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Maybe it won't stop all violent deaths, but a ban on handguns will help

By Simon Chapman - posted Friday, 15 November 2002

Following the Monash University killings, the Australian police ministers' plan to ban most handguns not used in target shooting has smoked out the same claptrap arguments from the gun lobby that insulted the community after Port Arthur. In The Sydney Morning Herald on 11 November, Lisa Oldfield, spokeswoman for gun dealers, fired a volley of blanks in a memorable Canute-like effort to turn the tide of gun law reform.

Her most astonishing statement was "no reasonable person can confuse guns used by criminals as having any relationship to firearms owned by licensed, law-abiding sporting shooters". Call me unreasonable, but the Australian Institute of Criminology website reveals that 25,171 guns were reported stolen between 1994 and 2000 - about 12 a day, with 81 per cent stolen from homes and 14 per cent being handguns.

Like a broken record from 1996, Oldfield provided a series of health problems, comparing their larger death tolls with those from guns, saying we "accept" these other problems and then arguing that we should just leave gun deaths alone because only 60 people are murdered with guns each year. So we should all give up trying to control measles, polio and other now thankfully rare infectious diseases.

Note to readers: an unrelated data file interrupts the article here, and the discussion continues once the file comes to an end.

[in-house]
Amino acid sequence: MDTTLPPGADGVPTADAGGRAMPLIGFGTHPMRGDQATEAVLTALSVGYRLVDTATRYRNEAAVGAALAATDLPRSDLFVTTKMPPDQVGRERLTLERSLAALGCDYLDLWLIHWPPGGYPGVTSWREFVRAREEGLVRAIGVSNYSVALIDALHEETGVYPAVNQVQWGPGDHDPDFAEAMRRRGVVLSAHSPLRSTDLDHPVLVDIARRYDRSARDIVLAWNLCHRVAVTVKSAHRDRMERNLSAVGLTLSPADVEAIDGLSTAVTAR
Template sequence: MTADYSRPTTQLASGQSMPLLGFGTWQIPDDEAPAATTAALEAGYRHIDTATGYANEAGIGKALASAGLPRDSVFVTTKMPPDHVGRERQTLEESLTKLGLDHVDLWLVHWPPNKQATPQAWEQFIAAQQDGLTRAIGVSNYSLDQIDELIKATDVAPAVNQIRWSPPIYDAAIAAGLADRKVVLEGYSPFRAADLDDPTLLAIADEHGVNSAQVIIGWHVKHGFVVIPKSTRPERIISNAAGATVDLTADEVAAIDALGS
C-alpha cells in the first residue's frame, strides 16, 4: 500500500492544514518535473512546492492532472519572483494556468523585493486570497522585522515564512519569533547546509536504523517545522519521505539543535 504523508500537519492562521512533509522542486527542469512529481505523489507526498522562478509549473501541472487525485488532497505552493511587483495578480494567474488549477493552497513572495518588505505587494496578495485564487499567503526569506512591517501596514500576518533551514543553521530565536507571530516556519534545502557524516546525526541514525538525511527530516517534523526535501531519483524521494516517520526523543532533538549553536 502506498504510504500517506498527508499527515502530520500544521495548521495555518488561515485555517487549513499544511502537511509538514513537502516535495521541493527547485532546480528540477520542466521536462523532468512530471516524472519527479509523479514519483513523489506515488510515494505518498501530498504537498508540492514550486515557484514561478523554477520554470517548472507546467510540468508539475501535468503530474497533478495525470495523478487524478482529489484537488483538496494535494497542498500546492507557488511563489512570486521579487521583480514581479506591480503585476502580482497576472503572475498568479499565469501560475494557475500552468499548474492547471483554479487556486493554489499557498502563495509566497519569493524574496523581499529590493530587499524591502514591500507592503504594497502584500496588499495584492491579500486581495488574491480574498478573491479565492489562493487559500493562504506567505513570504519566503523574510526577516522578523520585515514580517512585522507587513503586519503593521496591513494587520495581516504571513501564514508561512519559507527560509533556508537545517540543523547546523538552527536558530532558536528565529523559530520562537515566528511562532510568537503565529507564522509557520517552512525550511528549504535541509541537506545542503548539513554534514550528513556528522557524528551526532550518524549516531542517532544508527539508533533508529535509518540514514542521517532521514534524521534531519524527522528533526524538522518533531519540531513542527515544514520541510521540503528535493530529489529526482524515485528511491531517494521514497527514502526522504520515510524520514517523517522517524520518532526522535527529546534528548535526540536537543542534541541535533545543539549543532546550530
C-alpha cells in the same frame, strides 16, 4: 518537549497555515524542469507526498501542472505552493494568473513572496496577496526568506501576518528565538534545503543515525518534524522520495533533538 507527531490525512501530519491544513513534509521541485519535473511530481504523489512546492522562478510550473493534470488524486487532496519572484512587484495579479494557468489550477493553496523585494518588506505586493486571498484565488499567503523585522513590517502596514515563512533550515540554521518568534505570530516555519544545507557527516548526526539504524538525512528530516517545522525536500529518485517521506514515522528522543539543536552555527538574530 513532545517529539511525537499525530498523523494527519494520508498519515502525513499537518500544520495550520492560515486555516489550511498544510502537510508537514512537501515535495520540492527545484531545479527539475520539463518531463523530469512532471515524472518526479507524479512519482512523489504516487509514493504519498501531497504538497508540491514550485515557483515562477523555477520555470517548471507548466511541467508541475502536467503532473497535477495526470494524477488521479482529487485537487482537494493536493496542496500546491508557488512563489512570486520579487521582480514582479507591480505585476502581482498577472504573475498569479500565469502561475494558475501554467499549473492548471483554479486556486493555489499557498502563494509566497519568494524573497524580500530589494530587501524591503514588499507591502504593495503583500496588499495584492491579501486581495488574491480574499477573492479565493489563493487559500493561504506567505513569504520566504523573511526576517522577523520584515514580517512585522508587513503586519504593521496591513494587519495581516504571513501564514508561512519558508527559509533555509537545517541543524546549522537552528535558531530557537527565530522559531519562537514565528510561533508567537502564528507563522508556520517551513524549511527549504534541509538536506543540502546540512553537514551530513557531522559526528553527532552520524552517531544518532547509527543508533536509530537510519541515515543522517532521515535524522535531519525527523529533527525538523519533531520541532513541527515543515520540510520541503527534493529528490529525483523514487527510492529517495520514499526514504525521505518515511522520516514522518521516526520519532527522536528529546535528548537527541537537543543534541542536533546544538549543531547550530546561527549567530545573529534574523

Cervical and breast cancer specialists should down tools and work on lung cancer because far more die from smoking. And backyard pool infant drowning? Forget it - only a few dozen a year now.

And then she claimed nothing is being done about road deaths (federal budget expenditure alone, an average of $38.1 million from 1996) and medical accidents (every hospital in the country has expensive quality assurance procedures). Efforts to reduce speed "have done little". So why does Australia have the world's best record of reducing the road toll - 38 per cent between 1988 and 1997?

Oldfield's straw man nonsense is that those who want to prevent gun deaths believe that these would "miraculously stop if all guns were banned", pointing to the failure of other public health control measures to completely eliminate illicit drug use and speeding. With the exception of the amazing track record of immunisation against diseases like smallpox (eliminated) and polio (on the same track), public health workers only dream of eliminating all disease. The main objective is to reduce it.

Perhaps most appalling is her questioning whether the 1996 gun law reforms and buyback saved any lives. After Port Arthur, our police ministers banned semi-automatic and pump-action shotguns preferred in mass killings because of their capacity to fire many rounds quickly and keep police at bay.

In the six years since Port Arthur there have been no incidents in Australia where four or more people were shot. Between 1987 and 1996, 100 people were shot dead in Australia in mass shootings including those at Strathfield, Hoddle and Queen streets in Melbourne, and Port Arthur.

John Howard's leadership on this issue is again magnificent. We should have as much sympathy for Oldfield's Firearm Dealers Association as we should have for job losses among panel beaters as the road toll falls.

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This article was first published in The Sydney Morning Herald on November 12 2002.

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About the Author

Professor Simon Chapman is professor of public health at the University of Sydney and author of Over Our Dead Bodies: Port Arthur and Australia's Fight for Gun Control.

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